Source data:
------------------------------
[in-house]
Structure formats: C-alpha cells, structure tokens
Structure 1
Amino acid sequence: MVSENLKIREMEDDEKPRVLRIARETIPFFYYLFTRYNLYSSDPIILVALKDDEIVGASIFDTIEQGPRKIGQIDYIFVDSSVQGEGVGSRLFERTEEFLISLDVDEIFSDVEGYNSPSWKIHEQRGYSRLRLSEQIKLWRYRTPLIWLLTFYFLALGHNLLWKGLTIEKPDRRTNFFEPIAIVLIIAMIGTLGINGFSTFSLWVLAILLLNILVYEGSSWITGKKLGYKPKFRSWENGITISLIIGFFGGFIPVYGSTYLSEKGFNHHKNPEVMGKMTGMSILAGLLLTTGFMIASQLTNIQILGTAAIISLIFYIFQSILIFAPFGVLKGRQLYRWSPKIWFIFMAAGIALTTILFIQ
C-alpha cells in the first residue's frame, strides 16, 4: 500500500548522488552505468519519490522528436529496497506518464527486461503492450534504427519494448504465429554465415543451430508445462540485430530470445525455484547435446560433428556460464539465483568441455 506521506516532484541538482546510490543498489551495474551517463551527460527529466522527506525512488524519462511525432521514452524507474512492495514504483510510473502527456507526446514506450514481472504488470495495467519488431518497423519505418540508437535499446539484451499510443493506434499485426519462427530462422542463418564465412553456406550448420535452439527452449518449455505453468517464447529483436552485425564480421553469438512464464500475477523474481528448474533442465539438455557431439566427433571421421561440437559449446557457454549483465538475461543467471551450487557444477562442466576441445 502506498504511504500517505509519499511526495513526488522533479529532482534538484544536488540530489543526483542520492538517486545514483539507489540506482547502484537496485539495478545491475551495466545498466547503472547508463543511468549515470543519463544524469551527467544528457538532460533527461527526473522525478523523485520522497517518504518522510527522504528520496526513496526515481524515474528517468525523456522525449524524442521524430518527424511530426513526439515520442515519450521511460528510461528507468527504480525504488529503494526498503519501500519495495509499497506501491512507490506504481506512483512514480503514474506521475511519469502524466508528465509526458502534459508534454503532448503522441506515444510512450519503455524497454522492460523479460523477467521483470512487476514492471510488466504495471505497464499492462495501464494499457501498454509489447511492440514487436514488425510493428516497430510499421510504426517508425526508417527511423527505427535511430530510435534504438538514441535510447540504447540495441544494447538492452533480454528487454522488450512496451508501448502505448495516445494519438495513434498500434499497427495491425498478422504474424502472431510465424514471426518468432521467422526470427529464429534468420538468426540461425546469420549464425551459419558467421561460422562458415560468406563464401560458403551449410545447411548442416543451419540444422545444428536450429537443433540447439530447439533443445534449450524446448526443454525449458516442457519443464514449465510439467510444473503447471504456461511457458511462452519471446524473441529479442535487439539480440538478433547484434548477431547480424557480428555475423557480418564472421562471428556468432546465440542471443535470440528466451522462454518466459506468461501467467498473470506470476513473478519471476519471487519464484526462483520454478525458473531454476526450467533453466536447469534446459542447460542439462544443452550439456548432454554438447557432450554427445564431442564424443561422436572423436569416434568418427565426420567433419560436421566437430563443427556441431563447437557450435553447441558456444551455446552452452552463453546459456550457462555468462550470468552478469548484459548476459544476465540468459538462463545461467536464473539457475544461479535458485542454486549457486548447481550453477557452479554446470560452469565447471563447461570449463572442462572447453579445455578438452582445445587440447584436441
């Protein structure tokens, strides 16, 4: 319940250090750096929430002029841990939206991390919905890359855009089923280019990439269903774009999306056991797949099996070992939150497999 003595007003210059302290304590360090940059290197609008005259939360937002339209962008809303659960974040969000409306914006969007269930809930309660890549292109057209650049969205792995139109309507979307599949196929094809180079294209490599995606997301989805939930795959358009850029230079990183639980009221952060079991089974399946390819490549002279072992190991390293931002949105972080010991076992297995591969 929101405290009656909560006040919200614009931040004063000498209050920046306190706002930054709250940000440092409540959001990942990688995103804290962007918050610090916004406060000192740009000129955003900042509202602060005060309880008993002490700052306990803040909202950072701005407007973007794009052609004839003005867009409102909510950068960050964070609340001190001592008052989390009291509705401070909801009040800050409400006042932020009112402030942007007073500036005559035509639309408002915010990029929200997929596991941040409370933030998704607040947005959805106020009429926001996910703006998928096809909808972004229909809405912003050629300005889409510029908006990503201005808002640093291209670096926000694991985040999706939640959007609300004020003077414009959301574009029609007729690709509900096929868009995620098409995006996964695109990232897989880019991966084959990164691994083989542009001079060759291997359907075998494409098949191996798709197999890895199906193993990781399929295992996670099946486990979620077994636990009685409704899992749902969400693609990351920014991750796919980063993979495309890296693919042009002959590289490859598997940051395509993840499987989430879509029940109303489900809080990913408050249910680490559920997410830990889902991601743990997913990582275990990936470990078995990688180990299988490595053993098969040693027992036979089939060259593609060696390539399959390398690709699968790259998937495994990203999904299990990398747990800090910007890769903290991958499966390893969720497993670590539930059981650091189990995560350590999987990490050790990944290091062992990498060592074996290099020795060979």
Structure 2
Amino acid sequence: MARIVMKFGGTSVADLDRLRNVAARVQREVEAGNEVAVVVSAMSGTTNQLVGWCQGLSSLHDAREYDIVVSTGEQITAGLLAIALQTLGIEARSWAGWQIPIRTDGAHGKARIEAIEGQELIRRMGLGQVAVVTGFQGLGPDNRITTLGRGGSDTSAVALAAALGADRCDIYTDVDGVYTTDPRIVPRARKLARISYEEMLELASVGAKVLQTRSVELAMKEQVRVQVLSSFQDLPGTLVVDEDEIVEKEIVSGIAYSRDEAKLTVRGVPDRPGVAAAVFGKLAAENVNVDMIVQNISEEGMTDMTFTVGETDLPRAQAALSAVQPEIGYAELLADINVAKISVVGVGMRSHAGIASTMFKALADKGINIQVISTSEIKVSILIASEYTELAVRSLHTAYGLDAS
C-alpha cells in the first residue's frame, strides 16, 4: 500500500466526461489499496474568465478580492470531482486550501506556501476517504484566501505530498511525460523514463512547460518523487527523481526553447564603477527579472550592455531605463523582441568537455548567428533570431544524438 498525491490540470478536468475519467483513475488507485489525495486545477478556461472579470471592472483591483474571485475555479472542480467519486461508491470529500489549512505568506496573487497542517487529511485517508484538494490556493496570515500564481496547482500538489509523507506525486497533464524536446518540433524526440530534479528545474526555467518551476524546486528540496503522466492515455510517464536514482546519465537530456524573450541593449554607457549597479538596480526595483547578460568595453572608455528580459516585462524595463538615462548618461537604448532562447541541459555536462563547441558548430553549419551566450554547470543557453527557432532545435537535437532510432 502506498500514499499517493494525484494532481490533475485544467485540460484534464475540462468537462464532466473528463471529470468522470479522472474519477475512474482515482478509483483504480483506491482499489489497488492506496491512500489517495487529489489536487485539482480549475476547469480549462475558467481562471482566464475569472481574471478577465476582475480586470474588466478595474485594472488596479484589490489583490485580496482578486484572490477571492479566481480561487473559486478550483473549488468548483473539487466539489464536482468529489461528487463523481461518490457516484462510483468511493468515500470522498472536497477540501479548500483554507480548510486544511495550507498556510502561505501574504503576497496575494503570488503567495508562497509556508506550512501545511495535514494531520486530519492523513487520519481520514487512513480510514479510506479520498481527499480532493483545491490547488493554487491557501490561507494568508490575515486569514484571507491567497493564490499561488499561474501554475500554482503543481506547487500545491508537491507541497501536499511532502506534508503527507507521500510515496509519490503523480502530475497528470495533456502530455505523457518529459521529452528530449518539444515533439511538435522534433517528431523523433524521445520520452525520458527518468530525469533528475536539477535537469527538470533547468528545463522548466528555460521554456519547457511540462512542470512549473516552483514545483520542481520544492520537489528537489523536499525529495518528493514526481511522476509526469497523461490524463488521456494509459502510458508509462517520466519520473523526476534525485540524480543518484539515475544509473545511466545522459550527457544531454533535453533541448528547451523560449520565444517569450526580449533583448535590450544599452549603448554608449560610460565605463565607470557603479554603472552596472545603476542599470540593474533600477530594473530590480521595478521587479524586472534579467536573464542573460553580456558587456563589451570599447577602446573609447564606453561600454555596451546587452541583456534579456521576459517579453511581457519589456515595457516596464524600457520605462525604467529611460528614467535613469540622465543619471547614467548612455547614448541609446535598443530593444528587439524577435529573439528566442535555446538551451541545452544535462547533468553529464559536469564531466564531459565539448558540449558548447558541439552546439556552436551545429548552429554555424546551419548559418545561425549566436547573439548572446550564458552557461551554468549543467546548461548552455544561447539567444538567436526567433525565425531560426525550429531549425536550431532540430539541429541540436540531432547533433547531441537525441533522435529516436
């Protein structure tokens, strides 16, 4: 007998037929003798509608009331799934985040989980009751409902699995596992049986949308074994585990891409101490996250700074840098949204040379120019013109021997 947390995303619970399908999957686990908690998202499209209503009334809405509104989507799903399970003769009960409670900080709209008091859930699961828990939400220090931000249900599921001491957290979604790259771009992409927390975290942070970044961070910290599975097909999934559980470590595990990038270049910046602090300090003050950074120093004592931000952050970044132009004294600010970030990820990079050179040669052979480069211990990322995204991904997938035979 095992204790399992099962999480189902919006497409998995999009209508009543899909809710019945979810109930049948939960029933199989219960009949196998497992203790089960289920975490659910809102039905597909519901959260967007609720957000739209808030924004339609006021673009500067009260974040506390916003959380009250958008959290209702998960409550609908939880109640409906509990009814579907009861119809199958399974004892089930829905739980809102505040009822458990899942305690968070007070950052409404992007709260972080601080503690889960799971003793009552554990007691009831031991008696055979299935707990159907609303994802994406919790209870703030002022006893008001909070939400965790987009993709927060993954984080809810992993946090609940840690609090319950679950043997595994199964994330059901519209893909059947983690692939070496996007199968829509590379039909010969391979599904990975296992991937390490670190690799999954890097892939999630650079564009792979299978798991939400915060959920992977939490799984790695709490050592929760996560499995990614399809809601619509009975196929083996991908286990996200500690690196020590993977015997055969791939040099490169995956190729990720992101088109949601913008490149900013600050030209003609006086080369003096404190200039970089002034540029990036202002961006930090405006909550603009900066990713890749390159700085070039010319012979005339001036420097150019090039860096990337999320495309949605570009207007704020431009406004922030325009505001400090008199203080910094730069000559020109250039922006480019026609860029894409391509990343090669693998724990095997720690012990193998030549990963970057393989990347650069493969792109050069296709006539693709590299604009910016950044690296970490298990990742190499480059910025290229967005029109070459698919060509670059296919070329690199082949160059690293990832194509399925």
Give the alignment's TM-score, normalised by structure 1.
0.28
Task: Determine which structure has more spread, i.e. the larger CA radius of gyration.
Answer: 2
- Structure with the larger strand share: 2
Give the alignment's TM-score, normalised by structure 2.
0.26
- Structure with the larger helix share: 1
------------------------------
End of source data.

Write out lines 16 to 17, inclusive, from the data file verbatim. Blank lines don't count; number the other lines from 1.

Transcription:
Give the alignment's TM-score, normalised by structure 2.
0.26